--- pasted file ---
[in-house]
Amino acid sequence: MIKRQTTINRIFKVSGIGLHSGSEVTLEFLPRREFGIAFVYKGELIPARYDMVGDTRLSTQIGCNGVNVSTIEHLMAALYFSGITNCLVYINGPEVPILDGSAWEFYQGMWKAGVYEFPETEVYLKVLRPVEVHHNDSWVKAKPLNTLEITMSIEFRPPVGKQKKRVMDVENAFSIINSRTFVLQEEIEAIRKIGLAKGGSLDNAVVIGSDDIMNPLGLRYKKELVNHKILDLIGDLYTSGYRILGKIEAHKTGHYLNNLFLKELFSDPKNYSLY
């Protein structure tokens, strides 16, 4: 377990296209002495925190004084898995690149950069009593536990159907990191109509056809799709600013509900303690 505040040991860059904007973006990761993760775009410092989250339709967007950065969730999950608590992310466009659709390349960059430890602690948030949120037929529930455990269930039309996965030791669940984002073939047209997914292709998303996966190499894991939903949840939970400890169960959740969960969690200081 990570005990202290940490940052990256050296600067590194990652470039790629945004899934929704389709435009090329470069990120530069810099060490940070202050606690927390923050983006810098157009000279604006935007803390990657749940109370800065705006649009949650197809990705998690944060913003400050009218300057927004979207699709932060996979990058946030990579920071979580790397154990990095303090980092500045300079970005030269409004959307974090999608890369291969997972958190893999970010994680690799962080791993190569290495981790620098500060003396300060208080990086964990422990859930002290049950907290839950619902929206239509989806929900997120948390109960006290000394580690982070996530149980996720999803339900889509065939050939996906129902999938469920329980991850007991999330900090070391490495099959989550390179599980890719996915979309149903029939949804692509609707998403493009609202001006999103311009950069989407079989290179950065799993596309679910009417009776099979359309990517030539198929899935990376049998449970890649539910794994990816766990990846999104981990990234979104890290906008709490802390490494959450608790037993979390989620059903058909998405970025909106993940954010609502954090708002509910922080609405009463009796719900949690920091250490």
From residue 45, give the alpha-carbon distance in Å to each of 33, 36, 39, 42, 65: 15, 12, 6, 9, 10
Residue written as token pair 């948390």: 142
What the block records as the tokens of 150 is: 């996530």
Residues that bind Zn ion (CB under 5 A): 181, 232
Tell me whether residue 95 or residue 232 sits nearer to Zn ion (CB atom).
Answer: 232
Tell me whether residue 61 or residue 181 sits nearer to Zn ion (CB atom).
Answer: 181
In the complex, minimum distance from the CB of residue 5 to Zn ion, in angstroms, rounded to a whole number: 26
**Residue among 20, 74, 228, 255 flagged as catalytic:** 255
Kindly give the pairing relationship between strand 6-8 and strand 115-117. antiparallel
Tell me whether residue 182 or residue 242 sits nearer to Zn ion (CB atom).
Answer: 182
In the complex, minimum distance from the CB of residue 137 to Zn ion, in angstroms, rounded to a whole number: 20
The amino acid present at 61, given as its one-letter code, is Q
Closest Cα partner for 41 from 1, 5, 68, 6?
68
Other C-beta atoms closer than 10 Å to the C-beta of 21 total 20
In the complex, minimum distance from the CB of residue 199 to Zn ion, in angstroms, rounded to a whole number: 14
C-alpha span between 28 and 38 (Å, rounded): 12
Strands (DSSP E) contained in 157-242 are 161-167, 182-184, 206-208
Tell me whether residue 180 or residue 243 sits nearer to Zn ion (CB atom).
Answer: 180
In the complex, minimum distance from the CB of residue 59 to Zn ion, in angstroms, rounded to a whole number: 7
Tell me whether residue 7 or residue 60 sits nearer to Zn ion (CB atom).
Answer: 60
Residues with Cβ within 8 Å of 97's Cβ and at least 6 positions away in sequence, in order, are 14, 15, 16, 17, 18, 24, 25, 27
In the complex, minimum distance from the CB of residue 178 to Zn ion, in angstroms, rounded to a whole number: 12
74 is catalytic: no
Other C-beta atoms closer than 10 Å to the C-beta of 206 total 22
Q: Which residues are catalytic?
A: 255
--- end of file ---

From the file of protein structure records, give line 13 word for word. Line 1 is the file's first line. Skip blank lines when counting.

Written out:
**Residue among 20, 74, 228, 255 flagged as catalytic:** 255